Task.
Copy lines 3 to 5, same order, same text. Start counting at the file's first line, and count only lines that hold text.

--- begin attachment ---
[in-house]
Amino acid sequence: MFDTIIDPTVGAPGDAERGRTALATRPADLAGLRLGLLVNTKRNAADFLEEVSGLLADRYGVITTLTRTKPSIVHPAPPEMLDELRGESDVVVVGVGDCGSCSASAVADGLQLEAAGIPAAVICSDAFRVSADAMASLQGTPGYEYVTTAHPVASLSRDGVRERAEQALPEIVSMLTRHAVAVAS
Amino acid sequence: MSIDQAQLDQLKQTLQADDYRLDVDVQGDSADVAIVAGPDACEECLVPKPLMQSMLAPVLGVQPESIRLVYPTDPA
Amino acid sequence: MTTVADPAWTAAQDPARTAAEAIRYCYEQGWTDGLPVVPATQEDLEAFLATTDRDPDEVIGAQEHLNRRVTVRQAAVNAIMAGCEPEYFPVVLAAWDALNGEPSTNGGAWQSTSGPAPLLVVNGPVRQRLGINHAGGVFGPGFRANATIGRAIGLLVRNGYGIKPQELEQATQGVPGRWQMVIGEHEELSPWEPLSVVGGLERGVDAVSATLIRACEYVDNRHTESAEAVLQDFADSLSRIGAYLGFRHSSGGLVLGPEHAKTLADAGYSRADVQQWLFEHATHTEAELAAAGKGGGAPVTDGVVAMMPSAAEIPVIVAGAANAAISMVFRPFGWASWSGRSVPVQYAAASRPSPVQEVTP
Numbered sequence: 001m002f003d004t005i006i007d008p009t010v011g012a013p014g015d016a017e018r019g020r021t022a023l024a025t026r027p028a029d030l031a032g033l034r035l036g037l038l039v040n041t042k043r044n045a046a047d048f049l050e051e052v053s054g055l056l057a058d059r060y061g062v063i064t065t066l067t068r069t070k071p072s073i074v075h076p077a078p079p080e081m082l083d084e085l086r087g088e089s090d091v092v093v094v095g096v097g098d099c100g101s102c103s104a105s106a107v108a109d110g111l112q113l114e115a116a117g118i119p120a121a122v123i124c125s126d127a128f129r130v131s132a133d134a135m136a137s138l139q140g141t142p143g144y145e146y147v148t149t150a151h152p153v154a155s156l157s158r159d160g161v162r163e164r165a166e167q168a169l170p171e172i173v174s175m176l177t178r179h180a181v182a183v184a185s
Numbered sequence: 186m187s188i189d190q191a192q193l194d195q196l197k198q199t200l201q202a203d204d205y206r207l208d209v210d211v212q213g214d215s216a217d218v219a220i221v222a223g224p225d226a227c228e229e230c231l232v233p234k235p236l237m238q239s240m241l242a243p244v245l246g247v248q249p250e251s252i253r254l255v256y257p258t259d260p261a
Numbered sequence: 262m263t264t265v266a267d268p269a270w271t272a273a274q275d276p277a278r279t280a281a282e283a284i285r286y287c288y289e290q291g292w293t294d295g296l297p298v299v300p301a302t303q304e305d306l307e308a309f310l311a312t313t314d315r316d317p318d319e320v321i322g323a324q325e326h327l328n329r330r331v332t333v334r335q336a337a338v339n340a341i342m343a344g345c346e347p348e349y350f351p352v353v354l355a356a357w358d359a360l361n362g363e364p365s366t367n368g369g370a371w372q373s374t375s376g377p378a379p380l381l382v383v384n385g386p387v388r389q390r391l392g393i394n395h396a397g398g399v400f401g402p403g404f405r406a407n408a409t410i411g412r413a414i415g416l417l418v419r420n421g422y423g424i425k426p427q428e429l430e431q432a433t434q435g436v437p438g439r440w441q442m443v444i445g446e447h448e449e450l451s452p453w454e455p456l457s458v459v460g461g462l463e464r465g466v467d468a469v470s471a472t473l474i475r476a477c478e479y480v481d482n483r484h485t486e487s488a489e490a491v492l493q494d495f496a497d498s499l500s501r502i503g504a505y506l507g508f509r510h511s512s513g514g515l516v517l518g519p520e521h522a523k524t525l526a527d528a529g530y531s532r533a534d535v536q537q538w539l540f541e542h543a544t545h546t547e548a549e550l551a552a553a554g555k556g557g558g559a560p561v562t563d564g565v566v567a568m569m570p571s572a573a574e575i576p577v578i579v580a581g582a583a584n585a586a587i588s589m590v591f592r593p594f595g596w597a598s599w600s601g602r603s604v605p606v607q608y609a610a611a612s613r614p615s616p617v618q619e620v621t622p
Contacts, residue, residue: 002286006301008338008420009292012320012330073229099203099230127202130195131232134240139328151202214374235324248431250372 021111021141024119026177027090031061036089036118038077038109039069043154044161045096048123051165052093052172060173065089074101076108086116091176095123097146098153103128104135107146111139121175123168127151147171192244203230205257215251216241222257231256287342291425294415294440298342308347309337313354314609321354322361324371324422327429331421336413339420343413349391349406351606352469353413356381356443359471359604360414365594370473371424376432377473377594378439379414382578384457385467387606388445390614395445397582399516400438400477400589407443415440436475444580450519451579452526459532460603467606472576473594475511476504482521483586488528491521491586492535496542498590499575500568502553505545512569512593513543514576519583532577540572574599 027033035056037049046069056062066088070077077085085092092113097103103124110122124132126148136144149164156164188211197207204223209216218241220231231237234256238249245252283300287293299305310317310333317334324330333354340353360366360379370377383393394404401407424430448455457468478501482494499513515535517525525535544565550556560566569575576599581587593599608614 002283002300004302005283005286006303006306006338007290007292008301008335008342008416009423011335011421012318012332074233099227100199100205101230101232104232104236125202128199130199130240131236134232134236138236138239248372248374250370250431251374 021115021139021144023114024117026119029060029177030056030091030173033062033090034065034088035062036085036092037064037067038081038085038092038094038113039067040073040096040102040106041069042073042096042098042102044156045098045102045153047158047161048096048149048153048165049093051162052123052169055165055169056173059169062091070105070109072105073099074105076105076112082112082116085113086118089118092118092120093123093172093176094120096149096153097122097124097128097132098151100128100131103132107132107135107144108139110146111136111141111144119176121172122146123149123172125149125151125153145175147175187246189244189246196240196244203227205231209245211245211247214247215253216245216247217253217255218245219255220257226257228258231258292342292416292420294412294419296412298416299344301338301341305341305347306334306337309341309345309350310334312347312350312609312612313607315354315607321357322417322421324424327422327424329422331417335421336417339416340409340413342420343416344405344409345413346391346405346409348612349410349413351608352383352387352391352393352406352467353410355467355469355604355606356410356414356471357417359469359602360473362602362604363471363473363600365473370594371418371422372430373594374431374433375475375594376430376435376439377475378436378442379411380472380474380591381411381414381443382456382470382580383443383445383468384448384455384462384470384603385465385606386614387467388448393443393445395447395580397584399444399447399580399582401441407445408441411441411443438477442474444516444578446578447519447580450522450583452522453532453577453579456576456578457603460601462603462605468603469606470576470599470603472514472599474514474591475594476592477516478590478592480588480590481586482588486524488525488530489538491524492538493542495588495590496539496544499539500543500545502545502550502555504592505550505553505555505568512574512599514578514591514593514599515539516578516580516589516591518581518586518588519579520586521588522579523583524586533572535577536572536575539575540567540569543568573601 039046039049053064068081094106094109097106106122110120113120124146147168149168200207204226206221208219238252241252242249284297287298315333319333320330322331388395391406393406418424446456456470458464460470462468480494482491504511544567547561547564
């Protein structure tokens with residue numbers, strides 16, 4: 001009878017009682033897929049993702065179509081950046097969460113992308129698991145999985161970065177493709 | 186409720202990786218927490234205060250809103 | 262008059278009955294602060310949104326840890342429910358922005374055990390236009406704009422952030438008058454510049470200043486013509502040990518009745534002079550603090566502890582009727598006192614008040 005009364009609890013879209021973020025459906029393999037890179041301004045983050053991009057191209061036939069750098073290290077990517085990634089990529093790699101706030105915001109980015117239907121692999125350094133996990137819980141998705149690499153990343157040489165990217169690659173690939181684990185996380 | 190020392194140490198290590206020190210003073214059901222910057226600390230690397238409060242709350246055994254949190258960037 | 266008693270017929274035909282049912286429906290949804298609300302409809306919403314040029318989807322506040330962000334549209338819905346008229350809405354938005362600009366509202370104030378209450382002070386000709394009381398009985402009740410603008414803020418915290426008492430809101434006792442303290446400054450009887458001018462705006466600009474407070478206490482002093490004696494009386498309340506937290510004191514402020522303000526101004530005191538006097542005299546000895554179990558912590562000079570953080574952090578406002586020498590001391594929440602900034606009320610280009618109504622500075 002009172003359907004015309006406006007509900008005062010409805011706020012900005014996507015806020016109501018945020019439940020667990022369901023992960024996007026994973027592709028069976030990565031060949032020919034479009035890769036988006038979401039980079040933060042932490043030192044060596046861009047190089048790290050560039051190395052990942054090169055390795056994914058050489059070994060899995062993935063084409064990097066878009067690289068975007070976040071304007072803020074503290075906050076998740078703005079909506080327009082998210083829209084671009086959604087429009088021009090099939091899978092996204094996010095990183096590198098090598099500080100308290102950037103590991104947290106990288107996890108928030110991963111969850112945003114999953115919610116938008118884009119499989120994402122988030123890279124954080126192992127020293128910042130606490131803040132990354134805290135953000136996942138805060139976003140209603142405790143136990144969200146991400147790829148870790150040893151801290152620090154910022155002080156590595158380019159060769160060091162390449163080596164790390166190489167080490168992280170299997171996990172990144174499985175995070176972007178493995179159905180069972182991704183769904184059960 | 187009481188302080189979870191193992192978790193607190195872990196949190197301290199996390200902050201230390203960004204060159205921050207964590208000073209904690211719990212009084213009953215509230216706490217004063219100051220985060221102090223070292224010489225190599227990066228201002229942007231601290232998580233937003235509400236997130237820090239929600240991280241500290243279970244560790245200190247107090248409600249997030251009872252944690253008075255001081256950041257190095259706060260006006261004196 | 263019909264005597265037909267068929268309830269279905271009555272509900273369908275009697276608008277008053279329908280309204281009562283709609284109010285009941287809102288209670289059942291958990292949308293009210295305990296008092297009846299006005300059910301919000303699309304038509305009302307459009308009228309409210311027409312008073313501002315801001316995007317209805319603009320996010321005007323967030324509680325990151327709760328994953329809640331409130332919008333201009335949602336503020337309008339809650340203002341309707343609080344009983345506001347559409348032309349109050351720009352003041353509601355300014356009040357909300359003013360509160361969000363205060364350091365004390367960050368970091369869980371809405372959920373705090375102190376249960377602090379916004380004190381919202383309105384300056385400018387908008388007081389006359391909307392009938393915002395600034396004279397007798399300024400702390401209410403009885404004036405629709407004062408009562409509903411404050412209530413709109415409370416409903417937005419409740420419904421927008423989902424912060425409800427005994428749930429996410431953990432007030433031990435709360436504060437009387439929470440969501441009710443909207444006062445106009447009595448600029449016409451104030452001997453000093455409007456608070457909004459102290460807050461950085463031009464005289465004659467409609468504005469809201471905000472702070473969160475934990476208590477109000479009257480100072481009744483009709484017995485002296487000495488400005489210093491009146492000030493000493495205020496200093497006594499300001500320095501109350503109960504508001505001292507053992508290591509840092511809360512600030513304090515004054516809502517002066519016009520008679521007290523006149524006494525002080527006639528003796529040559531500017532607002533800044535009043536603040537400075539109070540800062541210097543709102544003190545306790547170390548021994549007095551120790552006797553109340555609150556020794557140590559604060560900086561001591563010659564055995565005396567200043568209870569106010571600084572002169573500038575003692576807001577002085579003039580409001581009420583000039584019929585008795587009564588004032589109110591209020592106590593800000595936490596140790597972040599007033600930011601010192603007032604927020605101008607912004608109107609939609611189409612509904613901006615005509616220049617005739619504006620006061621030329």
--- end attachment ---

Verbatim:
Amino acid sequence: MSIDQAQLDQLKQTLQADDYRLDVDVQGDSADVAIVAGPDACEECLVPKPLMQSMLAPVLGVQPESIRLVYPTDPA
Amino acid sequence: MTTVADPAWTAAQDPARTAAEAIRYCYEQGWTDGLPVVPATQEDLEAFLATTDRDPDEVIGAQEHLNRRVTVRQAAVNAIMAGCEPEYFPVVLAAWDALNGEPSTNGGAWQSTSGPAPLLVVNGPVRQRLGINHAGGVFGPGFRANATIGRAIGLLVRNGYGIKPQELEQATQGVPGRWQMVIGEHEELSPWEPLSVVGGLERGVDAVSATLIRACEYVDNRHTESAEAVLQDFADSLSRIGAYLGFRHSSGGLVLGPEHAKTLADAGYSRADVQQWLFEHATHTEAELAAAGKGGGAPVTDGVVAMMPSAAEIPVIVAGAANAAISMVFRPFGWASWSGRSVPVQYAAASRPSPVQEVTP
Numbered sequence: 001m002f003d004t005i006i007d008p009t010v011g012a013p014g015d016a017e018r019g020r021t022a023l024a025t026r027p028a029d030l031a032g033l034r035l036g037l038l039v040n041t042k043r044n045a046a047d048f049l050e051e052v053s054g055l056l057a058d059r060y061g062v063i064t065t066l067t068r069t070k071p072s073i074v075h076p077a078p079p080e081m082l083d084e085l086r087g088e089s090d091v092v093v094v095g096v097g098d099c100g101s102c103s104a105s106a107v108a109d110g111l112q113l114e115a116a117g118i119p120a121a122v123i124c125s126d127a128f129r130v131s132a133d134a135m136a137s138l139q140g141t142p143g144y145e146y147v148t149t150a151h152p153v154a155s156l157s158r159d160g161v162r163e164r165a166e167q168a169l170p171e172i173v174s175m176l177t178r179h180a181v182a183v184a185s